NAM: Monday Economic Report
With each week, the full extent of the economic damage from COVID-19 and the abrupt decline in activity can be seen in greater detail. The severe drops in data are unprecedented. Here are the highlights of last week’s reports:
Manufacturing production fell sharply by a record-setting 13.7% in April to the lowest level since July 28, with durable and nondurable goods output plummeting 19.3% and 8.2%, respectively. All 19 major manufacturing sectors experienced declines in April. Capacity utilization in the sector fell to 61.1%, a new all-time low.
In the first regional sentiment survey of May, the New York Federal Reserve Banks’s monthly report continued to reflect steep declines in new orders and shipments, but employment stabilized somewhat (though it remained negative). Respondents were cautiously positive that activity would rebound over the next six months.
Retail spending fell 16.4% in April, the largest monthly decline since the series began in 1992 and extending the 8.3% decrease seen in March. On a year-over-year basis, retail spending was down 21.6%, with a decline of 16% if automobiles and gasoline are excluded. Nonstore retailers were the only bright spot, with sales up 8.4% in April and 21.6% year-over-year as Americans purchased more online.
After falling to the lowest level since December 2011, the Index of Consumer Sentiment edged up from 71.8 in April to 73.7 in May, according to preliminary data from the University of Michigan and Thomson Reuters. Financial conditions of respondents were the lowest in six years despite the continued issuance of CARES Act relief checks.
There were 2,981,000 initial unemployment claims for the week ending May 9, with 36,471,000 filers over the past seven weeks. (Connecticut over-reported its claims for the week, which will lead to a revision in next week’s release.) At the same time, there were 22,833,000 Americans, or 15.7% of the workforce, receiving unemployment insurance the week of May 2,.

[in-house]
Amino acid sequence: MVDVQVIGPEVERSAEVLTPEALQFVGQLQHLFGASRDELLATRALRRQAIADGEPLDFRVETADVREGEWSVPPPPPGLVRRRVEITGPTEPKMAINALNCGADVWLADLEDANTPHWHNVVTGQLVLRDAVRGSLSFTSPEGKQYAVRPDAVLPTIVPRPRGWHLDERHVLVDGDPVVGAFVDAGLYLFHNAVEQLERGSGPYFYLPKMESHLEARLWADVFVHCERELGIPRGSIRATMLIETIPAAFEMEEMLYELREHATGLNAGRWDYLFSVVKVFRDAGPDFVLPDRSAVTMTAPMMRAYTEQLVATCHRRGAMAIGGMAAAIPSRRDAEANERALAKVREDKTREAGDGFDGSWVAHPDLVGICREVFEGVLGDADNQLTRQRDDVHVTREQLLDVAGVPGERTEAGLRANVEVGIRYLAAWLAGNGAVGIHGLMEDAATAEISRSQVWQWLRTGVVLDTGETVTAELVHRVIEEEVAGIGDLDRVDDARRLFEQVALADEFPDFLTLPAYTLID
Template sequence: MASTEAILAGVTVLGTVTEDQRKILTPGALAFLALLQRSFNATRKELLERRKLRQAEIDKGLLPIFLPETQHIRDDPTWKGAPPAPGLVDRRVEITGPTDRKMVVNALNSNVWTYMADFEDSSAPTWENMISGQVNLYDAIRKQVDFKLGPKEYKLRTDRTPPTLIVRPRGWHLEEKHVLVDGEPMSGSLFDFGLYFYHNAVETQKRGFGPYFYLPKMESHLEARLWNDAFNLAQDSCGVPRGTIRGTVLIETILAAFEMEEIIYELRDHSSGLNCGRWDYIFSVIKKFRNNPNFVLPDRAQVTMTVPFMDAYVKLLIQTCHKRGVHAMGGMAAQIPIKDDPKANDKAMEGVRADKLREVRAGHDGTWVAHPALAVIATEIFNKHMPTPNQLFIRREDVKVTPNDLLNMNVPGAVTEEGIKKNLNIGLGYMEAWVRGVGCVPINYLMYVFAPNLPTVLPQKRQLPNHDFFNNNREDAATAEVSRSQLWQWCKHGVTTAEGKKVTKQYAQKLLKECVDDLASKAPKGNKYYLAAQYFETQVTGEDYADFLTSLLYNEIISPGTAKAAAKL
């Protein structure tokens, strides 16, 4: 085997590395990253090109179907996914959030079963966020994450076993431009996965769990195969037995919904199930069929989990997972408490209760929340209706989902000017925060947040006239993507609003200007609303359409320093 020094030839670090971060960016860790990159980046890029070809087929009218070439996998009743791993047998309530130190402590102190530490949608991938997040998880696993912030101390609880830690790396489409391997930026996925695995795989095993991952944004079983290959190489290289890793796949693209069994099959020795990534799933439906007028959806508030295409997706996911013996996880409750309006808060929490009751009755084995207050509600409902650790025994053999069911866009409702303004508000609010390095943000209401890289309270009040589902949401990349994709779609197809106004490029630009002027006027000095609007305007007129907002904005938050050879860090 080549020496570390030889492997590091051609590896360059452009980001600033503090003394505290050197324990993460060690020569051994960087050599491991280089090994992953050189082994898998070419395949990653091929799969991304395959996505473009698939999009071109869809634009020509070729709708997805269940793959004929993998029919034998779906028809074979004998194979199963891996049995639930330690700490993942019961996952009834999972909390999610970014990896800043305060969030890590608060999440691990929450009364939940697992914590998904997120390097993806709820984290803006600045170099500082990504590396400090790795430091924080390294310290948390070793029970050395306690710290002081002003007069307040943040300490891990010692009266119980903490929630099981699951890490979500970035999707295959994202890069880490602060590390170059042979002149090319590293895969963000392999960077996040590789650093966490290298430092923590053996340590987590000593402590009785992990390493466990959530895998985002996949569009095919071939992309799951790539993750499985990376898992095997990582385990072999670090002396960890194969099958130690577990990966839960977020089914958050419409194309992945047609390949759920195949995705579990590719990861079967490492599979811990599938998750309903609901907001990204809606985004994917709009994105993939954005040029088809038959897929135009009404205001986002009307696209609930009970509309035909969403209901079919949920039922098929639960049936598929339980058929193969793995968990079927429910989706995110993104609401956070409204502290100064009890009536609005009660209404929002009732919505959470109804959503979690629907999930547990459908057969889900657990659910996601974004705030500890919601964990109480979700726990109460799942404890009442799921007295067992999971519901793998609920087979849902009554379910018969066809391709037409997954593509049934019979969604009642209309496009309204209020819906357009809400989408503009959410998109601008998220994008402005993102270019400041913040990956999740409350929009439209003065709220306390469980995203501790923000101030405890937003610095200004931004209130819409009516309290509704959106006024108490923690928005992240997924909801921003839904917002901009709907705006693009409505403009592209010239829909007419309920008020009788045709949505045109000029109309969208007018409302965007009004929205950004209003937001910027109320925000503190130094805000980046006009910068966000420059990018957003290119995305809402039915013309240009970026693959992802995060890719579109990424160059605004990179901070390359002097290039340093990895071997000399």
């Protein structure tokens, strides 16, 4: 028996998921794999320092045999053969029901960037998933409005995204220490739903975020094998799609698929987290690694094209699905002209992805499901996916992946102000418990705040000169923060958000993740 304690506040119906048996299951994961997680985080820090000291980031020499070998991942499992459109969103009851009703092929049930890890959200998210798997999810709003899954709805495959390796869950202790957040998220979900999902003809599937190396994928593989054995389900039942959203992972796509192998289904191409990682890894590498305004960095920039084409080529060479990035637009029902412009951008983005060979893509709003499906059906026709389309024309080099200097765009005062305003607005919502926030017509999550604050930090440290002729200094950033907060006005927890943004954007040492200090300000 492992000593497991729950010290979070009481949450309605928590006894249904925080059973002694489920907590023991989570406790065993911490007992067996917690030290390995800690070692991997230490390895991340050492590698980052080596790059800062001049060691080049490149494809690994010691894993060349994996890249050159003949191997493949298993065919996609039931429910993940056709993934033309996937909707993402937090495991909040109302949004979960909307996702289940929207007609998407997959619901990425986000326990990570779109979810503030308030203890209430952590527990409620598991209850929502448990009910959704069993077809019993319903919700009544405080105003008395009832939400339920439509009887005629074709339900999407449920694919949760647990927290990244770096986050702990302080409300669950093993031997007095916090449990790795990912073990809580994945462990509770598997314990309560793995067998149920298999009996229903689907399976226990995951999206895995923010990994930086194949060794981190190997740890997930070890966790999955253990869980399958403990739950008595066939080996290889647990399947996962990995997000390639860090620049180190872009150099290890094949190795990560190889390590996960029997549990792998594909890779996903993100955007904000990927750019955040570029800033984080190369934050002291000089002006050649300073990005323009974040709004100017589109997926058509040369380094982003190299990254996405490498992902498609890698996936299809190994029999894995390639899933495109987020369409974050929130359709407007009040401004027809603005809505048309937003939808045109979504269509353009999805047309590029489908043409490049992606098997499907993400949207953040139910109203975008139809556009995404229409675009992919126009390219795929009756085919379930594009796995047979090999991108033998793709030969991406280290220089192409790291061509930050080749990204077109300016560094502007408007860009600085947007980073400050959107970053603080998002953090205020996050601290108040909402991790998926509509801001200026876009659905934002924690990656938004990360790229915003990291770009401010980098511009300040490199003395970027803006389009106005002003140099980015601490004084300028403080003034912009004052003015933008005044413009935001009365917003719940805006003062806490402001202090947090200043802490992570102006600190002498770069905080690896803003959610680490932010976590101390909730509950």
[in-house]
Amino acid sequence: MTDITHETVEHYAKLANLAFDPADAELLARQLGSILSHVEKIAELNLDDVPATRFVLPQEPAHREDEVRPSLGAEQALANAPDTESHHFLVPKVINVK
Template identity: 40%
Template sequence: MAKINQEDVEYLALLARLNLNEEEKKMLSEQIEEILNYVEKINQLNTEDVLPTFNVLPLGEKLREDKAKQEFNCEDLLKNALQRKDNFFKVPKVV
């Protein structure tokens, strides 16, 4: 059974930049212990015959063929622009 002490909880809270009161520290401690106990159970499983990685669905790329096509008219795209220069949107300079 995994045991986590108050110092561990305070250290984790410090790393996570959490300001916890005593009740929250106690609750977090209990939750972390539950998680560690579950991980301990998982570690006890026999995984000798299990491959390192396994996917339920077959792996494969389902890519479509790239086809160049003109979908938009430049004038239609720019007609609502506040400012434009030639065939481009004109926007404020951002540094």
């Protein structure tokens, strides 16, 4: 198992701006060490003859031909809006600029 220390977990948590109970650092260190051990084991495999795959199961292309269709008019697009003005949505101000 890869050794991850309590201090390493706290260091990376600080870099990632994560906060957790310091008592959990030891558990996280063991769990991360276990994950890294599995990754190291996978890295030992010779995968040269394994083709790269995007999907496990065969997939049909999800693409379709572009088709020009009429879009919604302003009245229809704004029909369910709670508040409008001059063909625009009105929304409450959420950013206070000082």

There were 320,000 manufacturing job openings in March, the slowest pace since November 2016 and down from 422,000 in February. Net hiring was -433,000 in March. Quits in the manufacturing sector slowed to their lowest since June 2016, but layoffs rose from 113,000 to 566,000.
After experiencing more job openings than the number of people looking for work for 24 straight months, the abrupt stoppage of economic activity amid the COVID-19 outbreak sharply reversed that trend, starting in March.
The National Federation of Independent Business said that the Small Business Optimism Index fell to its lowest level since March 2013, declining from 96.4 in March to 90.9 in April. The measure for real sales expectations fell to the lowest level in the 46-year history of the survey, and the top “single most important problem” was poor sales, supplanting hiring difficulties, which had been the primary concern for two straight years.
Consumer and producer prices fell 0.8% and 1.3%, respectively, in April, both the largest monthly declines since the Great Recession, prompting worries about deflation in the economy. More importantly, producer prices for final demand goods plunged 3.3% in April, pulled lower by a whopping 19% decrease in energy costs on oil price shocks. Year-over-year rates of growth for consumer and producer prices were the lowest since late 2015.